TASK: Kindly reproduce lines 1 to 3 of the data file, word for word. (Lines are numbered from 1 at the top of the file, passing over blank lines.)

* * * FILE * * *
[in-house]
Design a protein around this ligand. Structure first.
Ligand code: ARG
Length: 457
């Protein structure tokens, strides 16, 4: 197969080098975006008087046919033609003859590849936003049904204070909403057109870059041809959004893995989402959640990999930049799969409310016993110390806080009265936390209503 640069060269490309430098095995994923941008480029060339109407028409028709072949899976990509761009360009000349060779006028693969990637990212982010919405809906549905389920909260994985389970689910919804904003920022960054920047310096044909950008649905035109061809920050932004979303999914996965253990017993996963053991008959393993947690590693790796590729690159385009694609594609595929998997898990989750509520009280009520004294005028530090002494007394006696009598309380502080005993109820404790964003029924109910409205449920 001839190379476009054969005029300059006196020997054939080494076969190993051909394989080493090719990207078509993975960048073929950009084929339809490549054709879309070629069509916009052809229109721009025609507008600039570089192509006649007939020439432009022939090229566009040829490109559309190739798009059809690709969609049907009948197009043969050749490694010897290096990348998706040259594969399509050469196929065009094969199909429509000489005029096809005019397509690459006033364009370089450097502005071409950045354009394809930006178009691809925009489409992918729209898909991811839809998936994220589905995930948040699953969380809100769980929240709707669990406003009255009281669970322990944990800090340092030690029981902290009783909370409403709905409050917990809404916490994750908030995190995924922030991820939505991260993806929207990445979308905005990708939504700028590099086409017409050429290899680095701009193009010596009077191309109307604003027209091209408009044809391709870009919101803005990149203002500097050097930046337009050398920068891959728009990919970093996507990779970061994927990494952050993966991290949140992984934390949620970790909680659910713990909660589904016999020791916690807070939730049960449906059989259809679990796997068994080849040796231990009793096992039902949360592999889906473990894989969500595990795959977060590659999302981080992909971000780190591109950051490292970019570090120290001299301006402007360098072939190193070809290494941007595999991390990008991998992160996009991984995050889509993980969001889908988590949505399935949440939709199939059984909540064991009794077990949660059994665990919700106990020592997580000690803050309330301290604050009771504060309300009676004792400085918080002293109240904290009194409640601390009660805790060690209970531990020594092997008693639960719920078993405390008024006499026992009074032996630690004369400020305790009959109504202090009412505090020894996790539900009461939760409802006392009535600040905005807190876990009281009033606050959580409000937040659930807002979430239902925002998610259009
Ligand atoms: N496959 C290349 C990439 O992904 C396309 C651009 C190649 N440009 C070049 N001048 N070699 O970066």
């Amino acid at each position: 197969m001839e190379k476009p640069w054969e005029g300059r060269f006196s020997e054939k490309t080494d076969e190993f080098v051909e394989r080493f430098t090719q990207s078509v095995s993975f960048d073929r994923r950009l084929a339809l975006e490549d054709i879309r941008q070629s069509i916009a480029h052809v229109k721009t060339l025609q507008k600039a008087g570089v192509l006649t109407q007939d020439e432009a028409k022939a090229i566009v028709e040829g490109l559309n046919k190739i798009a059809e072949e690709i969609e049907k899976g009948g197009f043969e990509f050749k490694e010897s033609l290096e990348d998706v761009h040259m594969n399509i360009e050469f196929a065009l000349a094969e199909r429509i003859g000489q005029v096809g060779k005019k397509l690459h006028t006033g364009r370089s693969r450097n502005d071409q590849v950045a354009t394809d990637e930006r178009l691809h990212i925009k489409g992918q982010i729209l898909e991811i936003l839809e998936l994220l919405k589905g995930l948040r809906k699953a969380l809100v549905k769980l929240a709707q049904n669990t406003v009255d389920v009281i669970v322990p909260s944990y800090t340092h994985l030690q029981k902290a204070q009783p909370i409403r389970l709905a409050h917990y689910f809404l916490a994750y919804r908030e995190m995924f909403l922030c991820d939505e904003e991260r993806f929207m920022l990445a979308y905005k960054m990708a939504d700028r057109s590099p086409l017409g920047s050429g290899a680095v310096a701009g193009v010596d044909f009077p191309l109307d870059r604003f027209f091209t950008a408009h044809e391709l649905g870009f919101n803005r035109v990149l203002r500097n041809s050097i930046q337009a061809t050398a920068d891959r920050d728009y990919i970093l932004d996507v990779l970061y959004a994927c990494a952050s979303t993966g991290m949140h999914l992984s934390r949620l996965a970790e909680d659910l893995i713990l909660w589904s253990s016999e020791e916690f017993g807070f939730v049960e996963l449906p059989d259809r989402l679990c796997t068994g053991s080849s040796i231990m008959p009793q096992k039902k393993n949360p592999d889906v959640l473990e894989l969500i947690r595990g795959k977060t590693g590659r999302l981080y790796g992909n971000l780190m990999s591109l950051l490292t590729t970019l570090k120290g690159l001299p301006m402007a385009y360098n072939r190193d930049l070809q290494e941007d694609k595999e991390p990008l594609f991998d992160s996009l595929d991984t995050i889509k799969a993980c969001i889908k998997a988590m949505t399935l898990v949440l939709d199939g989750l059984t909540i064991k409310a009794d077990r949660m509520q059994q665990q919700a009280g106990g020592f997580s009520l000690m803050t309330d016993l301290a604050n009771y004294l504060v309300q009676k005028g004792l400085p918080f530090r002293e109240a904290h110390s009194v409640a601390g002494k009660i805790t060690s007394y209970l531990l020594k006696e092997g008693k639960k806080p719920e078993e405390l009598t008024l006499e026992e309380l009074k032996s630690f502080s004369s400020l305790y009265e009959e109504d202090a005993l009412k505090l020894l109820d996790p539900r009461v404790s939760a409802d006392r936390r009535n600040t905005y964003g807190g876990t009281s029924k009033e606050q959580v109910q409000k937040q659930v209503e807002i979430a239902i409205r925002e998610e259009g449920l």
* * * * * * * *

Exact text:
[in-house]
Design a protein around this ligand. Structure first.
Ligand code: ARG